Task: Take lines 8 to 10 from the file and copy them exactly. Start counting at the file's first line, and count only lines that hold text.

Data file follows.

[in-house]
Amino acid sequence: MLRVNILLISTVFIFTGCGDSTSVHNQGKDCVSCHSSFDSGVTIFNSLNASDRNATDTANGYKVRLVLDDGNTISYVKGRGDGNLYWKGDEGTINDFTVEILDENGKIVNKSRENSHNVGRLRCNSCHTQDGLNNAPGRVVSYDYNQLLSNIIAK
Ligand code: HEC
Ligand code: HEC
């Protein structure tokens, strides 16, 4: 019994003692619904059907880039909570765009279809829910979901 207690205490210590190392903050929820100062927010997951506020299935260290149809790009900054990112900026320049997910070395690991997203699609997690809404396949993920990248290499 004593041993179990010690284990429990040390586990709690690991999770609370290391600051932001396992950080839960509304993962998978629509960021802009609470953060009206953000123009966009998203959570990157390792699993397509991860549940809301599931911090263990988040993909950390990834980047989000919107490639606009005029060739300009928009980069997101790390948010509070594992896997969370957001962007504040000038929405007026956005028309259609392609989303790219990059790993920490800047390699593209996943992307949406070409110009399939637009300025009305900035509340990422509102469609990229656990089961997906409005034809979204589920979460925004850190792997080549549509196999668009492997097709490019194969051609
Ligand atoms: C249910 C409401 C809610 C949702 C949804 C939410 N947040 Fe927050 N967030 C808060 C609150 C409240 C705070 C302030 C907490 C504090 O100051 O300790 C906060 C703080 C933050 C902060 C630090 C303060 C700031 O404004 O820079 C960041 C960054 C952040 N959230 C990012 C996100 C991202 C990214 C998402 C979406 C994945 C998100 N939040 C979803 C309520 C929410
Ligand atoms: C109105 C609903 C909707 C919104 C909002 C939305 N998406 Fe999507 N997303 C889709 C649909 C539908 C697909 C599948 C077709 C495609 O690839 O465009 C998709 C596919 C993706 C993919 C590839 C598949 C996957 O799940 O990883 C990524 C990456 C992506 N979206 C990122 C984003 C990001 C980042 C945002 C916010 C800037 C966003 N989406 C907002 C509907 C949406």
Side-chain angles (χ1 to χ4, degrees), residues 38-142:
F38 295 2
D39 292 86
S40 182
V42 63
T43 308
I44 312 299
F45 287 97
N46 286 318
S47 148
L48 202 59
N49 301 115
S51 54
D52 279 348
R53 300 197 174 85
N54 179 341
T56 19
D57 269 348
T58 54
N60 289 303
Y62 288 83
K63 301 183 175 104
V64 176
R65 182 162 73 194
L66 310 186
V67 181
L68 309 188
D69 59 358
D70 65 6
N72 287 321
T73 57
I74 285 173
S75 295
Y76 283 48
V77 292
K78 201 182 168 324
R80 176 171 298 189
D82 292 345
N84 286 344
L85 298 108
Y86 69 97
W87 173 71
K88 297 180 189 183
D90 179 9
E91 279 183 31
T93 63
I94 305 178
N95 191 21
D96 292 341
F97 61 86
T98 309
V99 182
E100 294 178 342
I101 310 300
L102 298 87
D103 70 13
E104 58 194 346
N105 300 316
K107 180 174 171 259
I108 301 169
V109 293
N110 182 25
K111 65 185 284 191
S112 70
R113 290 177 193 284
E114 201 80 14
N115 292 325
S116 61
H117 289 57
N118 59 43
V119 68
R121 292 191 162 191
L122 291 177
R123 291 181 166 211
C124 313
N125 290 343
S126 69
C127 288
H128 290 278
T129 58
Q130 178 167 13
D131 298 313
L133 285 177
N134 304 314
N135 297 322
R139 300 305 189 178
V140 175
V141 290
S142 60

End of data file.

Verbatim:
Side-chain angles (χ1 to χ4, degrees), residues 38-142:
F38 295 2
D39 292 86